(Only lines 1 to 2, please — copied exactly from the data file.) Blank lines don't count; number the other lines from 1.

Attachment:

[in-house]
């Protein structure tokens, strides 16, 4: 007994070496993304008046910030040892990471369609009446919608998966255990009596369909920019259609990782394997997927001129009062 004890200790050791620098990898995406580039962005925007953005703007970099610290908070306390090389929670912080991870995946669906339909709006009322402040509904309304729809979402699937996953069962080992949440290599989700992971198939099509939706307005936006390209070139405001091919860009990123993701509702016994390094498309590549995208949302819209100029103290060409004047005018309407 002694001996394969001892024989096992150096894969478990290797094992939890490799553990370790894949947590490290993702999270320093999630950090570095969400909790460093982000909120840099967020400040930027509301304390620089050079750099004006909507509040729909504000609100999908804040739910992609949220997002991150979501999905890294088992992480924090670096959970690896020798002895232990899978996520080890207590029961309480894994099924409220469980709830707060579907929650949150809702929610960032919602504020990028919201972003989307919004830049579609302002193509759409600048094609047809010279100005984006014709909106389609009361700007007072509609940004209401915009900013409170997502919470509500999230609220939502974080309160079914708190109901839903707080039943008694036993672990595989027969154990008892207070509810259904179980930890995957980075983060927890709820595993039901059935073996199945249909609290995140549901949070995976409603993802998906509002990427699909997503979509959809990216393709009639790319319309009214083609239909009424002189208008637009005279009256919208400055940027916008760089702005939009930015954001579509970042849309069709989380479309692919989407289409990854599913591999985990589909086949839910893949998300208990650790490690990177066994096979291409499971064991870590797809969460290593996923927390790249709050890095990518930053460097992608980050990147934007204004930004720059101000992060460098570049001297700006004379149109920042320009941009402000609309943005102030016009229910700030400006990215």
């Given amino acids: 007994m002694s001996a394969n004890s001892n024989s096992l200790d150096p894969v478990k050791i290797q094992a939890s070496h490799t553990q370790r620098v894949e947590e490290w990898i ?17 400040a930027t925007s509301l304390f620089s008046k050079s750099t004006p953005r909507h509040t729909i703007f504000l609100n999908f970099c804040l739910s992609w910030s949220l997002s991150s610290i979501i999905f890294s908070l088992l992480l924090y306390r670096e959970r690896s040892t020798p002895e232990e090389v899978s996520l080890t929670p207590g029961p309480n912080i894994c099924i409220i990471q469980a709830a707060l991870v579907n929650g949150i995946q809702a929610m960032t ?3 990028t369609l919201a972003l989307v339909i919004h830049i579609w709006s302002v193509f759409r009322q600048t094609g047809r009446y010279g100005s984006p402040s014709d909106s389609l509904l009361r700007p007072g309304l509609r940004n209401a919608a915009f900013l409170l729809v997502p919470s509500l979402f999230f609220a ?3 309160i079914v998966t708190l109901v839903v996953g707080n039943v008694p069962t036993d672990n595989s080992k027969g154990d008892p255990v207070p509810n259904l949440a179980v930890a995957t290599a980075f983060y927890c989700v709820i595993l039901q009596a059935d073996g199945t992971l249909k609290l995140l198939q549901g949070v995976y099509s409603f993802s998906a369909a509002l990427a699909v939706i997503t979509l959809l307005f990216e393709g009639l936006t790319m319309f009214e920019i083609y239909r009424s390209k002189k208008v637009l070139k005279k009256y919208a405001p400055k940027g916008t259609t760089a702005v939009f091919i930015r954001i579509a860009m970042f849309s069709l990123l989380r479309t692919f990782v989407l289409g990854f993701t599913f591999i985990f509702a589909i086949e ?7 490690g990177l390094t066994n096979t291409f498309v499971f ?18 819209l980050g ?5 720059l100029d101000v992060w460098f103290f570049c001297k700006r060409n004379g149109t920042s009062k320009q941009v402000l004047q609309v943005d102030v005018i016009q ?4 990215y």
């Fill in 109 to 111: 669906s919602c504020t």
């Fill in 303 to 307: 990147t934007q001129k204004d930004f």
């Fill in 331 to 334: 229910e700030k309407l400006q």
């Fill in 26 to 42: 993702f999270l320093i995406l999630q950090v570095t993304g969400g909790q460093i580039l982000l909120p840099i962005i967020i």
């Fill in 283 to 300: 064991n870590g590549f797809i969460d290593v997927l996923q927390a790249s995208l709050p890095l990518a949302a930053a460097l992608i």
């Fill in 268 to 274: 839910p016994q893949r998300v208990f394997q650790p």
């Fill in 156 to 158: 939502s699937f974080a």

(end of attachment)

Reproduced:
[in-house]
């Protein structure tokens, strides 16, 4: 007994070496993304008046910030040892990471369609009446919608998966255990009596369909920019259609990782394997997927001129009062 004890200790050791620098990898995406580039962005925007953005703007970099610290908070306390090389929670912080991870995946669906339909709006009322402040509904309304729809979402699937996953069962080992949440290599989700992971198939099509939706307005936006390209070139405001091919860009990123993701509702016994390094498309590549995208949302819209100029103290060409004047005018309407 002694001996394969001892024989096992150096894969478990290797094992939890490799553990370790894949947590490290993702999270320093999630950090570095969400909790460093982000909120840099967020400040930027509301304390620089050079750099004006909507509040729909504000609100999908804040739910992609949220997002991150979501999905890294088992992480924090670096959970690896020798002895232990899978996520080890207590029961309480894994099924409220469980709830707060579907929650949150809702929610960032919602504020990028919201972003989307919004830049579609302002193509759409600048094609047809010279100005984006014709909106389609009361700007007072509609940004209401915009900013409170997502919470509500999230609220939502974080309160079914708190109901839903707080039943008694036993672990595989027969154990008892207070509810259904179980930890995957980075983060927890709820595993039901059935073996199945249909609290995140549901949070995976409603993802998906509002990427699909997503979509959809990216393709009639790319319309009214083609239909009424002189208008637009005279009256919208400055940027916008760089702005939009930015954001579509970042849309069709989380479309692919989407289409990854599913591999985990589909086949839910893949998300208990650790490690990177066994096979291409499971064991870590797809969460290593996923927390790249709050890095990518930053460097992608980050990147934007204004930004720059101000992060460098570049001297700006004379149109920042320009941009402000609309943005102030016009229910700030400006990215």